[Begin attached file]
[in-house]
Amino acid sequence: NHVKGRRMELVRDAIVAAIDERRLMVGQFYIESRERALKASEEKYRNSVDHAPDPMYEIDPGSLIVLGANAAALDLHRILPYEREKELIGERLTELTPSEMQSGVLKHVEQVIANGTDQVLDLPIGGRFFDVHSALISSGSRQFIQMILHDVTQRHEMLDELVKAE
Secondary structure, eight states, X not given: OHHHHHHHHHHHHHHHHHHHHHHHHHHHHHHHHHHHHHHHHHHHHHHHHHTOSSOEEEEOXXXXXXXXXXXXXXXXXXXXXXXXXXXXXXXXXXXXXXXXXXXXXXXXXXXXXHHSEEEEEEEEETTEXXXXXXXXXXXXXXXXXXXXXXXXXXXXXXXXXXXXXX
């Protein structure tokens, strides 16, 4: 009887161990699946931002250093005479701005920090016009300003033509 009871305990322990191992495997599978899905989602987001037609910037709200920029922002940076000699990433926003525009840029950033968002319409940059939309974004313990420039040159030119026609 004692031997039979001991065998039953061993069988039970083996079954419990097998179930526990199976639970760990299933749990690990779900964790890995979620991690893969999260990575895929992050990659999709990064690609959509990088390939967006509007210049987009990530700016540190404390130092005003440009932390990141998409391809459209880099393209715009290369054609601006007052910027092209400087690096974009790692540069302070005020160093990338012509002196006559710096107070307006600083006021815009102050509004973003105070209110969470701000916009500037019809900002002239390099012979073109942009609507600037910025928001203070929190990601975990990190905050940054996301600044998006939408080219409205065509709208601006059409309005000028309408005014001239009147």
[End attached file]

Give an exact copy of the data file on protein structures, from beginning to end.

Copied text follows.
[in-house]
Amino acid sequence: NHVKGRRMELVRDAIVAAIDERRLMVGQFYIESRERALKASEEKYRNSVDHAPDPMYEIDPGSLIVLGANAAALDLHRILPYEREKELIGERLTELTPSEMQSGVLKHVEQVIANGTDQVLDLPIGGRFFDVHSALISSGSRQFIQMILHDVTQRHEMLDELVKAE
Secondary structure, eight states, X not given: OHHHHHHHHHHHHHHHHHHHHHHHHHHHHHHHHHHHHHHHHHHHHHHHHHTOSSOEEEEOXXXXXXXXXXXXXXXXXXXXXXXXXXXXXXXXXXXXXXXXXXXXXXXXXXXXXHHSEEEEEEEEETTEXXXXXXXXXXXXXXXXXXXXXXXXXXXXXXXXXXXXXX
């Protein structure tokens, strides 16, 4: 009887161990699946931002250093005479701005920090016009300003033509 009871305990322990191992495997599978899905989602987001037609910037709200920029922002940076000699990433926003525009840029950033968002319409940059939309974004313990420039040159030119026609 004692031997039979001991065998039953061993069988039970083996079954419990097998179930526990199976639970760990299933749990690990779900964790890995979620991690893969999260990575895929992050990659999709990064690609959509990088390939967006509007210049987009990530700016540190404390130092005003440009932390990141998409391809459209880099393209715009290369054609601006007052910027092209400087690096974009790692540069302070005020160093990338012509002196006559710096107070307006600083006021815009102050509004973003105070209110969470701000916009500037019809900002002239390099012979073109942009609507600037910025928001203070929190990601975990990190905050940054996301600044998006939408080219409205065509709208601006059409309005000028309408005014001239009147």